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Alfresco has been hosting a series of regional events across the country. Today the Content Management Roundtable was held at the W Hotel in downtown Seattle. The topic was focused on positioning Alfresco One.

In attendance were records and content management professionals from the Government, Legal, IT Services, Environmental Science, Engineering and several software companies including Tibco and IBM. Alfresco seems to be raising the bar in terms of visibility and attracting the attention of industry veterans and competitors alike.

“Companies are struggling today with managing the influx of consumer app-ware in the enterprise”

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As consumers, we have totally mastered search. You Google “Where should I eat in Los Altos” and you are directed to a results page that lists the top spots based on community reviews from Yelp and Urban Spoon. Likewise, you can get similar results on Wikipedia, digging into every topic imaginable

 

Let’s compare that to a legacy ECM system or SharePoint.

Full text search is the key to find ability because it works the way users expect. As consumer I want to type in what I am looking for like “places to eat”, or what we remember “when was Elvis born?” and find the proper results. This process is called semantic search, and works by creating relevance based on ranking queries based on contextual meaning. Continue

Marc Benioff, Salesforce.com CEO, has been famously quoted on his opinion of cloud computing in terms of saturation-point, as well as technology innovation, for a viable business model.

“This is the heyday of the Cloud. This is the Renaissance. We are in the Great Time. ”

…and he continues…

 “So we’re still at the very, very beginning.

We are in the first innings of Cloud Computing.

This is still the Renaissance. ”

While this is just one man’s opinion I personally happen to think he is absolutely correct.  We truly are in the first innings and, in particularly, as it relates to Capture and ECM moving to the cloud.  Future innings have yet to be played.  In this baseball analogy the convergence of old-school “traditional – behind the firewall” technology and new “innovative – cloud collaboration/mobile” technology are on a crash course of epic proportions. Continue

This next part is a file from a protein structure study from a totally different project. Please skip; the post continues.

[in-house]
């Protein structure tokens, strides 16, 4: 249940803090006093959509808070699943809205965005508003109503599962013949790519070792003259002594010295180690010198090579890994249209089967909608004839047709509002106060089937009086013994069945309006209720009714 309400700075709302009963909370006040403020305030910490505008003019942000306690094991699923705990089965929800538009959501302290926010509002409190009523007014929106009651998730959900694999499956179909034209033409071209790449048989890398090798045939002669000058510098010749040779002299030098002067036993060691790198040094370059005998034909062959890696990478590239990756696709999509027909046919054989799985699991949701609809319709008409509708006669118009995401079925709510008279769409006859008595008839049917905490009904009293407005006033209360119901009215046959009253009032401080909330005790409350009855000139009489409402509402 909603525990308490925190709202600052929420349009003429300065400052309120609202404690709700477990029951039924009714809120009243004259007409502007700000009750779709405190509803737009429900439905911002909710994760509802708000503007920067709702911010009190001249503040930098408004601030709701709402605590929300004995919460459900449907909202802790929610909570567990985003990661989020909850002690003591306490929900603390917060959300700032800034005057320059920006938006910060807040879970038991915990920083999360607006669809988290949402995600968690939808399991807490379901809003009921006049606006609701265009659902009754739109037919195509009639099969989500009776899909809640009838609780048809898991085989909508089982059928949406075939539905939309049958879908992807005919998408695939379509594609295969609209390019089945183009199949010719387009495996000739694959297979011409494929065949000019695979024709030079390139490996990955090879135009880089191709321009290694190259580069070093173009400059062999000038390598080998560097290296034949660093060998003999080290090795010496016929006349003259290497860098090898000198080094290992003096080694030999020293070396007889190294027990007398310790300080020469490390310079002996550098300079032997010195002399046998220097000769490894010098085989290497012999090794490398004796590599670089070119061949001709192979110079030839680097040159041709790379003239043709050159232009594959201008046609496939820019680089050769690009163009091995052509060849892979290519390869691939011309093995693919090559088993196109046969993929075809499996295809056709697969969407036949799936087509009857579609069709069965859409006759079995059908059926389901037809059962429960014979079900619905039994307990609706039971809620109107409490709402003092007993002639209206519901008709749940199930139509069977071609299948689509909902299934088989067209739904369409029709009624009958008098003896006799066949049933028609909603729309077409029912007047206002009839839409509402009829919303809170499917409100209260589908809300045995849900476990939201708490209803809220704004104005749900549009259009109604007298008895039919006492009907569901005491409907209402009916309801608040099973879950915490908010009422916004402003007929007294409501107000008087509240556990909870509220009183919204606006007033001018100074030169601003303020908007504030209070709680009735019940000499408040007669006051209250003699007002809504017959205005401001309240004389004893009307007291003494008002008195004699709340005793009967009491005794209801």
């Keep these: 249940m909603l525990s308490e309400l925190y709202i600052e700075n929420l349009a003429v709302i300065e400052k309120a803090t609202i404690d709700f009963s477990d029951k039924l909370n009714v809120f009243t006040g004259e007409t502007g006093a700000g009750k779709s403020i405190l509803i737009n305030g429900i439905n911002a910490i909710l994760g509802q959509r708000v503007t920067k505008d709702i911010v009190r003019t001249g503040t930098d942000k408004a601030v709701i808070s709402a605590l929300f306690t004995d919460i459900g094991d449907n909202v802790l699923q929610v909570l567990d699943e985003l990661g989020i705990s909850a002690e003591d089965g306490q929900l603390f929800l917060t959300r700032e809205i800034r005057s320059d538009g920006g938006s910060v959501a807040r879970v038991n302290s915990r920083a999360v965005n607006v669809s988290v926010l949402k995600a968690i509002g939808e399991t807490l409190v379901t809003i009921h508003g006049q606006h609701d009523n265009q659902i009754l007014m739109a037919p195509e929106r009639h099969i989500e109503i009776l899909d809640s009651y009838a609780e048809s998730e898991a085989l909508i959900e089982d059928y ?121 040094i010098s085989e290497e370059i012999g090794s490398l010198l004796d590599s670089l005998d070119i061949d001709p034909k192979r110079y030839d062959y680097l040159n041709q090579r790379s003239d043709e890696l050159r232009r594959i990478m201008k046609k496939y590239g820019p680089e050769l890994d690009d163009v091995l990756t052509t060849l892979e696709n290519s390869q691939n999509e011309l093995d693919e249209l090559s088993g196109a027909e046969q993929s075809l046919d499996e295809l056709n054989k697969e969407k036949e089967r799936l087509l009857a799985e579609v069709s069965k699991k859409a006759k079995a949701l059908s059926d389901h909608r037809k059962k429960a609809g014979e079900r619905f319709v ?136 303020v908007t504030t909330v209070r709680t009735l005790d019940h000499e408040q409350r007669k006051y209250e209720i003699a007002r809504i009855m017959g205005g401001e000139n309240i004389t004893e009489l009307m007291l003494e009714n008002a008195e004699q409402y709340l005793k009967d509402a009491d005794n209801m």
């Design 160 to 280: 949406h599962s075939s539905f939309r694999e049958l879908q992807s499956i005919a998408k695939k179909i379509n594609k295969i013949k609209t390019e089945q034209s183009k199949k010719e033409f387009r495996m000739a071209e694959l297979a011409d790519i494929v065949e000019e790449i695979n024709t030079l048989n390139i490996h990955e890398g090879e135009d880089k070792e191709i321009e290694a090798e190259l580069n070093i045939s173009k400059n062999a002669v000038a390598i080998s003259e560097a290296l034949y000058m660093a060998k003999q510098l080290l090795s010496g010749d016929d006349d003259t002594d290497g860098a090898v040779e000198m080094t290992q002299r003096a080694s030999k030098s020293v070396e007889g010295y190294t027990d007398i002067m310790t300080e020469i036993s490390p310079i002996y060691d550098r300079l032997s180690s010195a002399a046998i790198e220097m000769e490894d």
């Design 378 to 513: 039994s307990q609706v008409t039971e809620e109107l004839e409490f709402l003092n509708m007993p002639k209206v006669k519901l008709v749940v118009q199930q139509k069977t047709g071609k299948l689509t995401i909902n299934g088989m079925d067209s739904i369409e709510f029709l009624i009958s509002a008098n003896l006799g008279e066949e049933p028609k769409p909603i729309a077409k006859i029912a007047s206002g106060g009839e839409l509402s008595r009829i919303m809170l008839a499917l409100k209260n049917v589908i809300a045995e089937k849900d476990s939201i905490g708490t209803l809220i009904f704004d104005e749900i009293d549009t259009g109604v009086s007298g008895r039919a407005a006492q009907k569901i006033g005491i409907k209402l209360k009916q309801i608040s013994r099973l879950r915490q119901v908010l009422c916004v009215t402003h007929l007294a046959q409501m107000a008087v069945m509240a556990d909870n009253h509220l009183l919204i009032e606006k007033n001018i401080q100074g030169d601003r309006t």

ParadoxicalA business is ok storing its banking records and financial transactions in a central core processing system commingled on the same server with other customers but not ok with storing general business files on a cloud content management system.

Last week I submitted a discussion topic to the Cloud Computing group on LinkedIN asking Why?

On the one hand companies have been commingling sensitive financial data on a single server with other customers since the beginning of mainframe computing. Individuals have never had their health records, 401K or stock trades isolated on their own servers. Multi-tenant data storage is the norm not the exception. Yet you have a vestige of legacy IT managers and senior executives concerned that storing a word document in a public cloud based file system is not safe. Nearly all of the arguments are thin, repetitive and fly in the face of practical decision-making and common sense business. Continue

Short read, interesting. Who owns your stuff in the cloud? – latimes.com. Bottom line is cloud isn’t going away, its just another example of the technology being ahead of law on the books. A couple of other things to consider are:

  • Do the benefits outweigh the risks, universal access, easy sharing and auditing all at a price point most business and individuals can afford.
  • Do cloud providers really have time or elicit any business benefit from snooping or scouring the billions of bytes looking for something valuable?
  • Transparency, If your not doing anything wrong do you really have to worry about police or government authorities?
The real risk I see is bad apples at these companies or government agencies. If Google or Box do have staff that really don’t have anything better to do but snoop. Taking the conspiracy theory one step further they might accept money from your competitor or private investigator to give them access to your content in kind of a content black market. Also the possibility of a public servant who decides to send a bunch of content to an organization like wikileaks.

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